From Schooling to Unschooling


This article was originally published in the September 2015 issue of Golden Gate Mothers Group Magazine.

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We tour nearly 30 schools, apply to a few privates and a charter, and enter the public lottery. Although we receive an acceptance from our first choice private school, we choose to release that spot and ultimately endure a two-week stint at our number five public school pick before settling in at the charter school.

Our daughter, Taylor, excels academically and cultivates a tight network of friendships. Art, dance, and music are weekly staples in her school diet, and our morning commute takes no more than 10 minutes on foot. In theory, this is the perfect scenario for an 8-year-old and her family living in San Francisco. Why would anyone in her right mind want to change this situation, risk losing it all, and step into unfamiliar and uncertain territory?

Beginning in Taylor’s toddlerhood, my intuition tugs at me until I conclude that my husband and I can offer learning experiences beyond the lessons a school system can provide. At the end of second grade, we choose not only to withdraw from the school system, but also commit to ceasing conditioned ways of teaching and of perceiving the learning process. I choose to let go of biases upheld by mainstream culture, by my upbringing, and by my training and classroom experiences as an early childhood and elementary school teacher.

For ease of labeling, we are homeschoolers; however, it is more accurate to identify us as “unschoolers,” a family who forgoes curriculum in favor of learning opportunities driven by our children’s interests, interests rooted in and fueled by their intrinsic motivations.

What does this look like? For starters, I am no longer the homework warden, the living alarm clock, or the human version of a cattle prod. I no longer cross-reference our daughter’s food intolerances with the list of restricted snack duty items, nor pack lunches adhering to aforementioned dietary restrictions, which may or may not be consumed by day’s end anyway. These small shifts alone are cause for celebration, but there’s more, so much more.

Taylor sleeps until her body is fully rested. She no longer schedules her trips to the bathroom. She eats and drinks when she is hungry and thirsty and consumes these meals and refreshments at their intended temperatures. With someone else’s agenda lifted, Taylor has the time and space to pursue her interests.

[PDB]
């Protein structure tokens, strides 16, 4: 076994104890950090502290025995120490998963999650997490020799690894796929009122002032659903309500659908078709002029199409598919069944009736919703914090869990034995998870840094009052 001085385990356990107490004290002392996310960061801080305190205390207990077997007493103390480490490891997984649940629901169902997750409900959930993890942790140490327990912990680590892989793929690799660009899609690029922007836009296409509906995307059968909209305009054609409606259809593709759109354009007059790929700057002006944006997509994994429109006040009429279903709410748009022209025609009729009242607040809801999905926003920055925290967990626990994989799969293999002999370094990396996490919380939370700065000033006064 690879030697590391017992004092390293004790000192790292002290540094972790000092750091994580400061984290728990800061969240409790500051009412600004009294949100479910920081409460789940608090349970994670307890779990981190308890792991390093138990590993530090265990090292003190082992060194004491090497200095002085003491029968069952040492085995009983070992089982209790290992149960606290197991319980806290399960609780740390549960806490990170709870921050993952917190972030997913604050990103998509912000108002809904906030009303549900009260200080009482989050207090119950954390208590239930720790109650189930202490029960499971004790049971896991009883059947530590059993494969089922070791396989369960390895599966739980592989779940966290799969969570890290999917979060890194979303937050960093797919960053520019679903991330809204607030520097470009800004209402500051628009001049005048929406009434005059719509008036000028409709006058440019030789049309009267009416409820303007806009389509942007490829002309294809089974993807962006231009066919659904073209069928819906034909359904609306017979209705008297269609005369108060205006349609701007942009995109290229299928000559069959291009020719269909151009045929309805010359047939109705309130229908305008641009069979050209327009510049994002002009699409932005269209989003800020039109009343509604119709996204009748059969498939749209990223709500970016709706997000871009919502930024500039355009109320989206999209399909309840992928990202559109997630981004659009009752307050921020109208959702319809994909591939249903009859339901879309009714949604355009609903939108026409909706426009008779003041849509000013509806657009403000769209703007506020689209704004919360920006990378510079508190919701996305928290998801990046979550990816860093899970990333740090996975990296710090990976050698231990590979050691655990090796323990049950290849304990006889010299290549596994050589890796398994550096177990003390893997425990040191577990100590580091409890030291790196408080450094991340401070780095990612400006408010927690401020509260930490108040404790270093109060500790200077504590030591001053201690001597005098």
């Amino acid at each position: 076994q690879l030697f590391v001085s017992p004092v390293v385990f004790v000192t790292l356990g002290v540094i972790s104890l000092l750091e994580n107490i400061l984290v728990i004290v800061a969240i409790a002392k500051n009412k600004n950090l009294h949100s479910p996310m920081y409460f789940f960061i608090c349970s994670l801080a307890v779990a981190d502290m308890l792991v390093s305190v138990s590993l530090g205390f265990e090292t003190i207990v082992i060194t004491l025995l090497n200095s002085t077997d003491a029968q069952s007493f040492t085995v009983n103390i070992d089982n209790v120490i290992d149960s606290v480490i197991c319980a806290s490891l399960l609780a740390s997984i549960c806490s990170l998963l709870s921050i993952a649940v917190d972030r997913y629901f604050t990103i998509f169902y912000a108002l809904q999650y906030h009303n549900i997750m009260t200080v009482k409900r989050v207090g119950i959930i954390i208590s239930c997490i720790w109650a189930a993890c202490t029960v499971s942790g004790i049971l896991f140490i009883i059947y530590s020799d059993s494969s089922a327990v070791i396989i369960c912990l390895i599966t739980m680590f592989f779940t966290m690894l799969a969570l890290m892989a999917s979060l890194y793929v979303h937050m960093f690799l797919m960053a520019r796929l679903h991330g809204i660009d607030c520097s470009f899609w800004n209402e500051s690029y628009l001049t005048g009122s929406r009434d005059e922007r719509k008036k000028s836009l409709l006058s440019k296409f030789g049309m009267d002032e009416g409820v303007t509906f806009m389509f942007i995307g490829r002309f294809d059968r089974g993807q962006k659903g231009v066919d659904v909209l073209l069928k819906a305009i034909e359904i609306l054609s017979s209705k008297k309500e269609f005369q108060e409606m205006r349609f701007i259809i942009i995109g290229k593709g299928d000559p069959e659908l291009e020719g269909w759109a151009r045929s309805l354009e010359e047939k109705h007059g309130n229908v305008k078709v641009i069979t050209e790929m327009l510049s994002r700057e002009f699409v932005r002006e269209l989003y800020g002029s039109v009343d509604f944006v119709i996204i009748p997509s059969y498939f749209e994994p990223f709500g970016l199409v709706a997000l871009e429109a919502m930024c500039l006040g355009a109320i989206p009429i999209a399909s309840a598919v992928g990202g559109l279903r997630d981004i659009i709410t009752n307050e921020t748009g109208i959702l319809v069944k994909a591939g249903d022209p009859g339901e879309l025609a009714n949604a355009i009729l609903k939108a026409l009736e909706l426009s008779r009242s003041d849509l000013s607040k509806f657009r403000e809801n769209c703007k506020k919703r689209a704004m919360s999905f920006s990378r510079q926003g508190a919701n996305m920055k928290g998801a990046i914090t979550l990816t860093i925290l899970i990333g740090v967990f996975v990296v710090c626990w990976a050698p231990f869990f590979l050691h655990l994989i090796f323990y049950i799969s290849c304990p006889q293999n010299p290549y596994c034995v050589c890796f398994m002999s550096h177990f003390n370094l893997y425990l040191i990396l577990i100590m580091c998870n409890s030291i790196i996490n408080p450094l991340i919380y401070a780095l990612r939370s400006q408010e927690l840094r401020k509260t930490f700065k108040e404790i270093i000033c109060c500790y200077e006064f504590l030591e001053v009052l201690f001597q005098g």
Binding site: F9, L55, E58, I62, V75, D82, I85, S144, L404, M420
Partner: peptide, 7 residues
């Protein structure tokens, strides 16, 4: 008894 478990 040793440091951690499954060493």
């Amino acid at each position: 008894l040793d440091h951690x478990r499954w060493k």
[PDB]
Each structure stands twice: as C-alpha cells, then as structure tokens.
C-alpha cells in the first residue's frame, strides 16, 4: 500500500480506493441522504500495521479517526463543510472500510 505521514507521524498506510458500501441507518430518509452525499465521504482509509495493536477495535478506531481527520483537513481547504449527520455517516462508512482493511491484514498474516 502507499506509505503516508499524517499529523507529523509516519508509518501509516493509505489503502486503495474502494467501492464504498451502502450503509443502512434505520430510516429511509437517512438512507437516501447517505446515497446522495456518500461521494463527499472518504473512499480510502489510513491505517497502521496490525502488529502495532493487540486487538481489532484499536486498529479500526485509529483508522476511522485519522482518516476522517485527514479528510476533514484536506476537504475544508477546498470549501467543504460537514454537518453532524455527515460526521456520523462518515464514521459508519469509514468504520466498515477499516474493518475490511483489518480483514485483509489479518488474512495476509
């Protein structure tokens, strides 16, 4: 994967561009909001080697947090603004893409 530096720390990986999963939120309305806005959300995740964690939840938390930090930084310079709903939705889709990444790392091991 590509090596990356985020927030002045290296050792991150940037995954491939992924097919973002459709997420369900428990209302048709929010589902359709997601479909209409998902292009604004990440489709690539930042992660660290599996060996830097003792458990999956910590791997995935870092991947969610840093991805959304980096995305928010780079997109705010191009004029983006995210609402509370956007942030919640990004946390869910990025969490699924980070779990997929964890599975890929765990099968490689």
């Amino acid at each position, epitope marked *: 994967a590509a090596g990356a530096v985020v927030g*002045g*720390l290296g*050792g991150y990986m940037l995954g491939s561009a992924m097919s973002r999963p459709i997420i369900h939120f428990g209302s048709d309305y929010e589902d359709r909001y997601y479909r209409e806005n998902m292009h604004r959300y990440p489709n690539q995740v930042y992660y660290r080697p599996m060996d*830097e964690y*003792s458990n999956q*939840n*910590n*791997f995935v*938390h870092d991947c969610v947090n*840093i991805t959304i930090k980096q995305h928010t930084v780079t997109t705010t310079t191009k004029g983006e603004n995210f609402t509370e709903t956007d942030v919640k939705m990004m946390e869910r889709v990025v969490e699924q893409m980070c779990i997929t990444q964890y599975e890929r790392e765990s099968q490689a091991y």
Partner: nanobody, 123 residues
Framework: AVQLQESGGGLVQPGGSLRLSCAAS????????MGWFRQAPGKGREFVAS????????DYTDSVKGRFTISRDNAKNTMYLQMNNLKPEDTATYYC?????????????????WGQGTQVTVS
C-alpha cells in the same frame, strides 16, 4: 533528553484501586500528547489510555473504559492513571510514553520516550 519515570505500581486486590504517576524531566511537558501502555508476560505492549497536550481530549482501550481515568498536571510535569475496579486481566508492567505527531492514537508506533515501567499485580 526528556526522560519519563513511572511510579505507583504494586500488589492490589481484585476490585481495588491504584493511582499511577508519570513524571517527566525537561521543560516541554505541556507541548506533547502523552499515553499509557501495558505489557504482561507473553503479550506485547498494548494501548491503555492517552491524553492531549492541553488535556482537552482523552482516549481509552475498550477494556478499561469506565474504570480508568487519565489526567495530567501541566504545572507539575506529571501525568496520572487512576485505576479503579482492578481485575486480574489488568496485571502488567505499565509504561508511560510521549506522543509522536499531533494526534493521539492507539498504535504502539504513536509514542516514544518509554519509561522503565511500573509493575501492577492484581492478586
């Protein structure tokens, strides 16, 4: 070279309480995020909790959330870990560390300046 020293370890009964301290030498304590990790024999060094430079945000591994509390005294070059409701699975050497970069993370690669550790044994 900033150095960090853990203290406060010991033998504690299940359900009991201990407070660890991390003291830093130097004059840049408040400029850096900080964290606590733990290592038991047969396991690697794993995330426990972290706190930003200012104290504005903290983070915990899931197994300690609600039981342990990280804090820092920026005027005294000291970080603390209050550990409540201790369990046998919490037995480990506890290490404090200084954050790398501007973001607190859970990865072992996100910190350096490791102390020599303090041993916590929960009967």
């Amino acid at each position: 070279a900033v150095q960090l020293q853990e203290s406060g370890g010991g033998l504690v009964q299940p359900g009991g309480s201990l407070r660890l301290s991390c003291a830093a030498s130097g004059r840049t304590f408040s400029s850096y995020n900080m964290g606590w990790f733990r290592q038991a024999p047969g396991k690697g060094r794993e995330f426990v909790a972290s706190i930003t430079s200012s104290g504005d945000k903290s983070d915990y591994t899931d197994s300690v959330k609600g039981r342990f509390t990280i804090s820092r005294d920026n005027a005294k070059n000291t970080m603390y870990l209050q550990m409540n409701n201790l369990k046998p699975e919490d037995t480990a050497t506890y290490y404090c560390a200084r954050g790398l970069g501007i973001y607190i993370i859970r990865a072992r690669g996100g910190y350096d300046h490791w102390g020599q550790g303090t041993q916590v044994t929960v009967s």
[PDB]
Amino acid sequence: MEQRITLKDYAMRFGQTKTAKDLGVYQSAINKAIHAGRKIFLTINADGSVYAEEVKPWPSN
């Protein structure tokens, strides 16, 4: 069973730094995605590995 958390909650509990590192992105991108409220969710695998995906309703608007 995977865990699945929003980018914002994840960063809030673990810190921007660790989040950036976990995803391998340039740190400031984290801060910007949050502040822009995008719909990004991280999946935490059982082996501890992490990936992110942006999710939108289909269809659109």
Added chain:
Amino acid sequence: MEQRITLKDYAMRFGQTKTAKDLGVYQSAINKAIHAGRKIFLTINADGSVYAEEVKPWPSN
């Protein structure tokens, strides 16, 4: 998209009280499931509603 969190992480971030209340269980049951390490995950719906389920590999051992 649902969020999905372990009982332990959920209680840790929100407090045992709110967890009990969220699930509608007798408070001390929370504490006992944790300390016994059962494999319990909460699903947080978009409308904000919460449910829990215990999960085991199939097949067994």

Stay up past midnight to read Harry Potter? Yes. Play Minecraft while watching YouTube videos of other miners and crafters? Absolutely. Unknowingly initiate a conversation about fractions and then ask to solve more difficult problems based on the initial inquiry? Sure thing. Ride bikes on the valley floor of Yosemite National Park? By all means. Ponder the possibility of parallel universes? Yes, that too. We explore the known and unknown together. As with any partnership founded on trust and respect, we take turns leading and sharing our individual passions, organically influencing each other and propelling our discoveries further.

Sounds like a vacation, doesn’t it? Certainly the sense of freedom we enjoy feels vacation-like, but the primary difference is that we are not escaping from anything or anyone. Learning happens at every place and at all times in contexts that are authentic and meaningful, not within circumstances curated, enforced, and measured by arbitrary standards. Problems to solve are not hypothetical extrapolations of a bureaucrat’s imagination; they are met within the reality of everyday encounters. Taylor walks into a toy store and calculates how many My Little Pony blind bags she can buy with her twenty-dollar bill. Life’s challenges present themselves naturally; we meet Taylor where she is, and we scaffold the unfoldment of solutions.

Through the lens of unschooling, we approach life holistically, where lines between work and play blur, where “should” and “have to” stand by the wayside of our life paths. “Good” things are received gratefully, and “bad” things are just part of being human or seen as an opportunity to initiate change.

Is living an unschooling lifestyle always rainbows and unicorns? Of course not. At first, we struggled to find other homeschooled girls, but through persistence and patience, this challenge continues to dissolve. The ultimate obstacle, however, is fear—fear of falling behind, fear of not doing what everyone else is doing, fear of paving a pioneering path.

But, is this really a pioneering path? At first glance, yes. Upon further reflection, maybe not. For the near entirety of human history, we have been a species of unschoolers. Formal education barely registers a tiny blip on this timeline. When fear arises, when I feel that irrational panic to buy a math workbook, I invite stillness to live in the present moment, not in a projection of a future self. When I consciously choose to dwell in the sweetness and ease of being internally still, clarity inevitably surfaces. Needing to master long division by fifth grade falls away. Cultivating joy and passion and continually asking “I wonder…” and “What if…” become the process and the goal.